When SMART Objectives Lead to Stupid Training

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I saw a tweet recently from a teacher who said he didn’t want to improve students’ test scores on various subjects; he wanted to encourage students to be mathematicians, authors, scientists, and athletes (and so on).

It got me thinking about how in learning and development, we can get so focused on what we can measure right now, for a quick win, that sometimes we lose sight of the long-term strategic goals we want to achieve.

At least, I know I’ve been guilty of it. So in this week’s post, I’m writing about three times when SMART objectives can lead to stupid training.

When SMART Objectives Are the Only Thing We Focus On

We all know that good objectives are SMART, right? They’re specific, measurable, achievable, realistic, and time-bound. Writing SMART objectives means identifying specific outcomes the learner can realistically achieve by the time they complete the lesson and we can measure through some sort of assessment.

So, instead of writing something like, “be inspired to become a mathematician” (which isn’t at all measurable and may not be realistic or achievable either), we write, “By the end of this lesson, students will be able to state the Pythagorean theorem.”

But why? What benefit does this knowledge have? What will it help them achieve?

How many times have you taken an eLearning course that list the learning objectives on the first screen, with no explanation of What’s In It For Me? (WIIFM) and nothing at all to motivate you? Fellow L&D professionals, I beg you, stop creating screens like that. (Here are some things to do instead.)

When we focus only on SMART objectives, we lose the inspiration behind them. Learners don’t know why they need to know what we’re teaching and what they might be able to achieve once they know it.

When We Have a Cow If the Learning Goal's Not Measurable

I’ve always thought Chick-fil-A must have a really effective new hire training program because their employees are consistently friendly, with a common language that positively oozes customer service. (My pleasure!)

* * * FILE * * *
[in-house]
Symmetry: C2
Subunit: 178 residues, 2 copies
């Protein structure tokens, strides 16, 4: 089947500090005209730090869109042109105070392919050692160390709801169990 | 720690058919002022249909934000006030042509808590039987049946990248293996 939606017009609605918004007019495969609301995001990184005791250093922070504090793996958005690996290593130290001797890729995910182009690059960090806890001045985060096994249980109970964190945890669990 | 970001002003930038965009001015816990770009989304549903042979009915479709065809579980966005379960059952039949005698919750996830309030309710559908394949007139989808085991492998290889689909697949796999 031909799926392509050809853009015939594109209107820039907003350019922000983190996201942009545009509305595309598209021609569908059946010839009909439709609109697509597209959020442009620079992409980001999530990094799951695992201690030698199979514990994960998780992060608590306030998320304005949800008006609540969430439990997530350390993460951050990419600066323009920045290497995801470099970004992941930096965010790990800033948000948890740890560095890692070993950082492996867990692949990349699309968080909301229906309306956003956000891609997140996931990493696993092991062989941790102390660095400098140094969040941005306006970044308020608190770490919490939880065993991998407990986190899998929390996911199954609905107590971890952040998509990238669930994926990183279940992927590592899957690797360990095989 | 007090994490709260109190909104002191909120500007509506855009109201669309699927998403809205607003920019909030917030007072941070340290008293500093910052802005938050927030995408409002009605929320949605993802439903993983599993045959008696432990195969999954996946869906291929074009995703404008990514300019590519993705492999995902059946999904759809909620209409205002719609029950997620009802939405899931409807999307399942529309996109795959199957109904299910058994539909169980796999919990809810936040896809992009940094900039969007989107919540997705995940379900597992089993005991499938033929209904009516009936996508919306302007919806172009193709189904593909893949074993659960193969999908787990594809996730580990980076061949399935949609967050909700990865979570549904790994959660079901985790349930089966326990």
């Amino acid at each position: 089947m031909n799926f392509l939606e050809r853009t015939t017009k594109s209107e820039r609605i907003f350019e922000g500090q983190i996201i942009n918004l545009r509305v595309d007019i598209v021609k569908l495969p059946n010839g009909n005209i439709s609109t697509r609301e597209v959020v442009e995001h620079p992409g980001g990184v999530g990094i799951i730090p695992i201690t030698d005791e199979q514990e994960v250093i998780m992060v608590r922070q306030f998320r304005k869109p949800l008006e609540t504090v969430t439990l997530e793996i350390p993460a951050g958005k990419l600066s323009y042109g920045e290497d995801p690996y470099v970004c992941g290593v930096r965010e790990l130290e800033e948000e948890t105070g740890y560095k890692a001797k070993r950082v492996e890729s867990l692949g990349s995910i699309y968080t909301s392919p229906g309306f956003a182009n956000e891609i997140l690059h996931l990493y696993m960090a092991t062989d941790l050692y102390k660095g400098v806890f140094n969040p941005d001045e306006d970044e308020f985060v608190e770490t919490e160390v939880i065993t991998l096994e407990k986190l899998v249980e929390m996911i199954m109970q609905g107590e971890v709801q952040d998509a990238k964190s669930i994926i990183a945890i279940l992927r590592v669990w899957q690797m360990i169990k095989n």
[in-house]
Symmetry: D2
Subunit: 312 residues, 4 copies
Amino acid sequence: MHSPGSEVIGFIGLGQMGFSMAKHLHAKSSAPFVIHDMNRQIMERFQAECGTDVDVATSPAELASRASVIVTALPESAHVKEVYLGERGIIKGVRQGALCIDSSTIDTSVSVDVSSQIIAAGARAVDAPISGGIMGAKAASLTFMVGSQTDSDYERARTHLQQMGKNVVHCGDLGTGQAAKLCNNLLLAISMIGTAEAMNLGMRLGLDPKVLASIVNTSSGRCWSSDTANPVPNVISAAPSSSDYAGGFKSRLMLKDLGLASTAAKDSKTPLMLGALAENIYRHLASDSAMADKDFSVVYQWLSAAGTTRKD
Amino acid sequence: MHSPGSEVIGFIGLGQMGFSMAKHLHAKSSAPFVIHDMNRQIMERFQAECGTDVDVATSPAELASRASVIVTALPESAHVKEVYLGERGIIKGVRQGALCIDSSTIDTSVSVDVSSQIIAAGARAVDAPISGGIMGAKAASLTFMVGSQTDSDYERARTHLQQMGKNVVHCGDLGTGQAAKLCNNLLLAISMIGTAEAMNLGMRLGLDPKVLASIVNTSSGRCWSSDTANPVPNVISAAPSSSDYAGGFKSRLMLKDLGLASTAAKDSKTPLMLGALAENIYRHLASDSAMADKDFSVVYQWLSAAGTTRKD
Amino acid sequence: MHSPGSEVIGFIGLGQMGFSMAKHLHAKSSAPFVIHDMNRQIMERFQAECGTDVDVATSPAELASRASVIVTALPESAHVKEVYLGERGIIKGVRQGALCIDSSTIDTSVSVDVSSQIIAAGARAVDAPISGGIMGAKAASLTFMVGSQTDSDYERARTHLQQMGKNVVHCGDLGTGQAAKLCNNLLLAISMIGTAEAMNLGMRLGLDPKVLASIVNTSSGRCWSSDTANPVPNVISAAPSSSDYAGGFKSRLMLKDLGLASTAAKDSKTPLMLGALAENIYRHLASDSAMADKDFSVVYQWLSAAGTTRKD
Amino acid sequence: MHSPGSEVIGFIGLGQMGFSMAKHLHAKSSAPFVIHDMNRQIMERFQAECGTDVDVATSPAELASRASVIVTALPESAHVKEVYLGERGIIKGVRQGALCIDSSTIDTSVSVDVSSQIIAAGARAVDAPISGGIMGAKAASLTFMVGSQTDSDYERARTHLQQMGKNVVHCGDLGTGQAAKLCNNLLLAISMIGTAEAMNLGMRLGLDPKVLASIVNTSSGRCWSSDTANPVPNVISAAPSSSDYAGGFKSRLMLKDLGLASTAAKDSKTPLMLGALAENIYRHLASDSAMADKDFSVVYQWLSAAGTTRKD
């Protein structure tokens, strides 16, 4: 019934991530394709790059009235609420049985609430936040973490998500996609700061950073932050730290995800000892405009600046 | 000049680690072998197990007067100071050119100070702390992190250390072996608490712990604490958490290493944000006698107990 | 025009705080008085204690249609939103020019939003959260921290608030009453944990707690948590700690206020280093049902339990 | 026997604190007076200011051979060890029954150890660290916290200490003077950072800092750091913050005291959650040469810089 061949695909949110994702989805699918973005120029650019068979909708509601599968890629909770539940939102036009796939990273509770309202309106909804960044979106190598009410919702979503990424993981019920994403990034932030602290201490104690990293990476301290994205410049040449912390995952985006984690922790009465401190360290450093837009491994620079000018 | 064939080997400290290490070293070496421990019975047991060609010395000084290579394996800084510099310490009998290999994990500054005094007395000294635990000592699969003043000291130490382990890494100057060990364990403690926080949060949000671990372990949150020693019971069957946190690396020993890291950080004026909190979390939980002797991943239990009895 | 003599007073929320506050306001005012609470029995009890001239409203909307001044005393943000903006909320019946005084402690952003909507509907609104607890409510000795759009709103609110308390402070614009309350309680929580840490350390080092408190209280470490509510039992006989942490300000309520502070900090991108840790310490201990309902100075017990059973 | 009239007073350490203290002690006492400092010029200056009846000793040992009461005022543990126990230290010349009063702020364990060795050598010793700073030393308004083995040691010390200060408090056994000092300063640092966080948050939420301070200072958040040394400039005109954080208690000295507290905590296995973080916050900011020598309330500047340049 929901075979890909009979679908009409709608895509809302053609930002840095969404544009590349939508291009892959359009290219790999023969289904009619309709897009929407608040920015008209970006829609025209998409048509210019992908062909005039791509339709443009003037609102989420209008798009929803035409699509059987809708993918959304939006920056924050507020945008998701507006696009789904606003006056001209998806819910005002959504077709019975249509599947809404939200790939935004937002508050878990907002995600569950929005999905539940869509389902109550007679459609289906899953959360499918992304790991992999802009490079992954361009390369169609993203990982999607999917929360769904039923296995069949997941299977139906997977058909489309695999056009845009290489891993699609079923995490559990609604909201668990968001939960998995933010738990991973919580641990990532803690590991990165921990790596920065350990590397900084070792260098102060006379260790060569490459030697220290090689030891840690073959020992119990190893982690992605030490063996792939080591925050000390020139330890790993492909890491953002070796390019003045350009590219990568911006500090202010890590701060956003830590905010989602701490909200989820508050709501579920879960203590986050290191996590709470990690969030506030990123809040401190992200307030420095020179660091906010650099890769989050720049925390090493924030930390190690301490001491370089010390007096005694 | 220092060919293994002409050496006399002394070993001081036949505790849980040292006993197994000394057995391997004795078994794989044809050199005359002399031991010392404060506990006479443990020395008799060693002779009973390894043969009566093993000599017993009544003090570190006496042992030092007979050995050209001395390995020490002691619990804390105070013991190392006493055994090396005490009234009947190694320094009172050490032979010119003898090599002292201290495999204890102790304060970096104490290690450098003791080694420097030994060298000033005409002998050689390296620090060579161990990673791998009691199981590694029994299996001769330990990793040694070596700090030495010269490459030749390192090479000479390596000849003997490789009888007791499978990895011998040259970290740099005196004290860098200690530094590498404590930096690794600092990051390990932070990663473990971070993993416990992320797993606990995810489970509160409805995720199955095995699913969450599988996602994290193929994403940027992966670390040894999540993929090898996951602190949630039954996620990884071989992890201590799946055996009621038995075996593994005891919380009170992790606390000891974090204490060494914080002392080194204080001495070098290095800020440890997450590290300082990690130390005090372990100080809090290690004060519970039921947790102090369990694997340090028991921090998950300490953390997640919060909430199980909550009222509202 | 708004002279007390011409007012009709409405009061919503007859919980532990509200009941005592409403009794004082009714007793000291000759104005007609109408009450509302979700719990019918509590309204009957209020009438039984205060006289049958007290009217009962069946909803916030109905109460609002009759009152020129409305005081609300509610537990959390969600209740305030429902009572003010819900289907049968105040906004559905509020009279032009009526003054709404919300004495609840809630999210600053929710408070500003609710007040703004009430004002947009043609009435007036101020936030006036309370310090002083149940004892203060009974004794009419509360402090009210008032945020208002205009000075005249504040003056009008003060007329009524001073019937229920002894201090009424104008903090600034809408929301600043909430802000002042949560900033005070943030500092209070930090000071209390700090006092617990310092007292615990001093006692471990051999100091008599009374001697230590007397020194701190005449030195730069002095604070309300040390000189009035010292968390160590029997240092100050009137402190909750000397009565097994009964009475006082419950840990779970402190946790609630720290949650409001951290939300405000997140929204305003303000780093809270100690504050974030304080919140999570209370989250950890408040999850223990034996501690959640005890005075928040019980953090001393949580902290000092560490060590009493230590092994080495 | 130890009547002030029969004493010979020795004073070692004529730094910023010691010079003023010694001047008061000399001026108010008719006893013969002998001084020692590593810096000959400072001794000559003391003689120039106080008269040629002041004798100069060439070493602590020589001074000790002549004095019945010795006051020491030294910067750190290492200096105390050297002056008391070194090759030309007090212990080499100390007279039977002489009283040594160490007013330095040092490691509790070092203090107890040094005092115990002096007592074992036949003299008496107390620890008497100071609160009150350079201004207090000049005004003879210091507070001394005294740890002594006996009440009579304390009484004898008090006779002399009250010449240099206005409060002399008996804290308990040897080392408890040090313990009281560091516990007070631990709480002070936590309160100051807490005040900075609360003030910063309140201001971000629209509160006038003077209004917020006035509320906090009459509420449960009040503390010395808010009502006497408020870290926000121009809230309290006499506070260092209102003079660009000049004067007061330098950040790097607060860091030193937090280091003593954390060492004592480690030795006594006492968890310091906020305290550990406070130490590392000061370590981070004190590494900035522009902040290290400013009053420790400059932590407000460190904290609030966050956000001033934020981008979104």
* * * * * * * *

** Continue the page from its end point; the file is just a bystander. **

meme with the Chick-Fil-A logo, a cartoon cow, and the text, "Whoever created the Chick-Fil-A drive-through process should be in charge of the government, hospitals, and the DMV.

Let’s imagine we’re creating training for new Chick-fil-A employees on their drive-through process. Our objectives might look something like this:

  • List the steps in our drive-through process.
  • Explain how our drive-through process benefits our customers.
  • Identify safety measures to take while outside in the drive-through.

If we created training solely focused on these objectives, would it lead to the stellar customer service we’ve come to expect from Chick-Fil-A? Probably not. These might be fine as enabling objectives, but what we’re missing is the goal, and specifically the why behind the goal.

I have no idea what Chick-Fil-A’s training actually looks like (probably something like this), but here’s my stab at a goal statement for the learner: “Have a positive influence on each customer’s day by following a drive-through process that values friendliness as much as efficiency.”

Now, I know that goal statement’s not easily measurable. But you know what? I’m not even stressing about it, sorry.

We could write a measurable business goal that’s focused on increasing sales and customer satisfaction. But if the goal we present to the learner is something like, “Increase the speed of drive-through orders by 10%,” what kind of customer service would we get? [Cough, cough, McDonald’s.]